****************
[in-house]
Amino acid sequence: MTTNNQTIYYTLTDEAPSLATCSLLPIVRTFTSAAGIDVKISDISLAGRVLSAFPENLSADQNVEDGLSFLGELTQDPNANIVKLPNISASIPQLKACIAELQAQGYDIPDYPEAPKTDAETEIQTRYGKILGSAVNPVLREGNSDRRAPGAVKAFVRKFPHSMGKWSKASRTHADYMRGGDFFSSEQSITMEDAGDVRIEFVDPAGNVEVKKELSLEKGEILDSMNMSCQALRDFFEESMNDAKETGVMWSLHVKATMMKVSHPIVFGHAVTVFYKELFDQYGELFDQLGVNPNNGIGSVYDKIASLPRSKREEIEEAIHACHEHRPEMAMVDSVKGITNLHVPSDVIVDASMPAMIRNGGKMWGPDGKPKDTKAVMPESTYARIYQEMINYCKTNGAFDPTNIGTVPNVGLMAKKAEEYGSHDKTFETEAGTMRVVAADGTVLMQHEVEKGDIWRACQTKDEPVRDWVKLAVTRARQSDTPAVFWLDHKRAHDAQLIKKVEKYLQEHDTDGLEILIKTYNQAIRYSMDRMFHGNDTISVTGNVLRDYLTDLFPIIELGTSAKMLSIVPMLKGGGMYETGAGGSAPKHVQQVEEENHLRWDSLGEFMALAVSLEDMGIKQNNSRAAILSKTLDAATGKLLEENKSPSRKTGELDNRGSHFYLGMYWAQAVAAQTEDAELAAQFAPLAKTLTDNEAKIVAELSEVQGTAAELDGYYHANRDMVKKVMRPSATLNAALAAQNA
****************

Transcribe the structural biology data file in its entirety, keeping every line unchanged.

[in-house]
Amino acid sequence: MTTNNQTIYYTLTDEAPSLATCSLLPIVRTFTSAAGIDVKISDISLAGRVLSAFPENLSADQNVEDGLSFLGELTQDPNANIVKLPNISASIPQLKACIAELQAQGYDIPDYPEAPKTDAETEIQTRYGKILGSAVNPVLREGNSDRRAPGAVKAFVRKFPHSMGKWSKASRTHADYMRGGDFFSSEQSITMEDAGDVRIEFVDPAGNVEVKKELSLEKGEILDSMNMSCQALRDFFEESMNDAKETGVMWSLHVKATMMKVSHPIVFGHAVTVFYKELFDQYGELFDQLGVNPNNGIGSVYDKIASLPRSKREEIEEAIHACHEHRPEMAMVDSVKGITNLHVPSDVIVDASMPAMIRNGGKMWGPDGKPKDTKAVMPESTYARIYQEMINYCKTNGAFDPTNIGTVPNVGLMAKKAEEYGSHDKTFETEAGTMRVVAADGTVLMQHEVEKGDIWRACQTKDEPVRDWVKLAVTRARQSDTPAVFWLDHKRAHDAQLIKKVEKYLQEHDTDGLEILIKTYNQAIRYSMDRMFHGNDTISVTGNVLRDYLTDLFPIIELGTSAKMLSIVPMLKGGGMYETGAGGSAPKHVQQVEEENHLRWDSLGEFMALAVSLEDMGIKQNNSRAAILSKTLDAATGKLLEENKSPSRKTGELDNRGSHFYLGMYWAQAVAAQTEDAELAAQFAPLAKTLTDNEAKIVAELSEVQGTAAELDGYYHANRDMVKKVMRPSATLNAALAAQNA